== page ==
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    energy performance certificates

    Energy Performance Certificates (EPCs)

    Energy Performance Certificates (EPC) demonstrates how energy efficient a building is and provides a rating between A and G, A being the best and G being the worst.

    What is an EPC certificate?

    An Energy Performance Certificate (EPC) demonstrates how energy efficient a building is and provides a rating between A and G, A being the best and G being the worst. The EPC will also provide recommendations on how to improve the building’s energy efficiency, as well as its EPC rating.

    When is an EPC certificate required? Do I need an EPC to rent or lease my property?

    An Energy Performance Certificate is required within seven days of a property being placed on the market for sale or rent, or as soon as it has been constructed. Property owners and landlords must make sure that the EPC is available for potential buyers and tenants to access for free. An EPC is also required if the building is being re-leased to the existing tenant.

    Is an EPC certificate a legal requirement?

    EPCs became a legal requirement in 2008 in England, Wales and Northern Ireland and 2009 in Scotland. All properties that are either new builds, being sold, leased or re-leased will require an EPC.

    As of 2018, landlords are now legally required to achieve a minimum rating of ‘E’ on their Energy Performance Certificate so the property can be leased or re-leased. If the property is rated below an ‘E’, the landlord must either:

    • Make adequate energy saving improvements in order to meet the minimum EPC rating
    • Place the property on the EPC exemption register.

    As of April 2023, all properties are required to have an EPC rating of E or better for the existing lease to continue, or for the property to be placed on the EPC exemption register (in line with MEES regulations).

    When does a building not require an EPC?

    In terms of buildings that do not require an EPC, there are a number of exceptions. This includes but is not limited to:

    • Buildings used as places of worship
    • Certain buildings due to be demolished
    • Temporary buildings that will be used for two years or less
    • Properties located within a conservation area
    • Standalone buildings with a floor < 50msq.

    Listed buildings will require an EPC assessment to determine whether improvements can be undertaken in order to improve the EPC rating.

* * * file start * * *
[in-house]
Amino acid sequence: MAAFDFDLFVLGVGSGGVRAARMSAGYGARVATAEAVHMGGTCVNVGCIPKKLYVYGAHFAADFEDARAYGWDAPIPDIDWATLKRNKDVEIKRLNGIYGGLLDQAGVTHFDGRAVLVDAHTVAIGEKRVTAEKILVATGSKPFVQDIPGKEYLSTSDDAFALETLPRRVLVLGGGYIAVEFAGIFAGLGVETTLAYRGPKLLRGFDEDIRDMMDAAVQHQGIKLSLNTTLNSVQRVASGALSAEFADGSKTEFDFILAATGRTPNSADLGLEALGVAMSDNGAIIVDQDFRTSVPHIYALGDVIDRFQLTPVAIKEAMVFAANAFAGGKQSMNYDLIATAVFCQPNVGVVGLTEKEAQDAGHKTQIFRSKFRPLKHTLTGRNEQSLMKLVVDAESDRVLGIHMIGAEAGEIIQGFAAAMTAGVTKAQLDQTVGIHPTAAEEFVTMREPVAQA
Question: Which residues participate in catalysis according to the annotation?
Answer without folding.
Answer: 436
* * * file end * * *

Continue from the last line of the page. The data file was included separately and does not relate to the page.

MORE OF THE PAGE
How do I get an EPC certificate?

    If you need an Energy Performance Certificate for your property, you must first check whether the EPC has expired. If so, you will be required to book a property assessment in order for a new EPC to be generated, which should be carried out by an accredited energy assessor. The assessor will work through their EPC checklist, determining factors such as construction and insulation details, heating systems, lighting etc.

    All EPC certificates are valid for 10 years and come with a recommendation report, including suggestions and advice on improvements to reduce carbon emissions.

    What do I need to do to improve my EPC rating?

    The EPC rating informs buyers/tenants what they can do to improve the energy rating of a property. There are a range of actions that you can take to improve your EPC rating, from major developments such as adding insulation and installing Air Source Heat Pumps to installing solar panels and switching to energy-saving LED lightbulbs.

    How can SOCOTEC assist my organisation with EPC compliance?

    SOCOTEC has a wealth of experience in undertaking EPCs and providing information on how to improve a building’s rating overall. EPC improvement projects start with a site visit to collect the relevant dimensions and information to produce a current ‘baseline’ EPC. Detailed energy improvement modelling is then used to provide the options and associated budget costs to achieve the required improvement in EPC rating for the building.

    Want to find out more about how SOCOTEC can support with EPCs?

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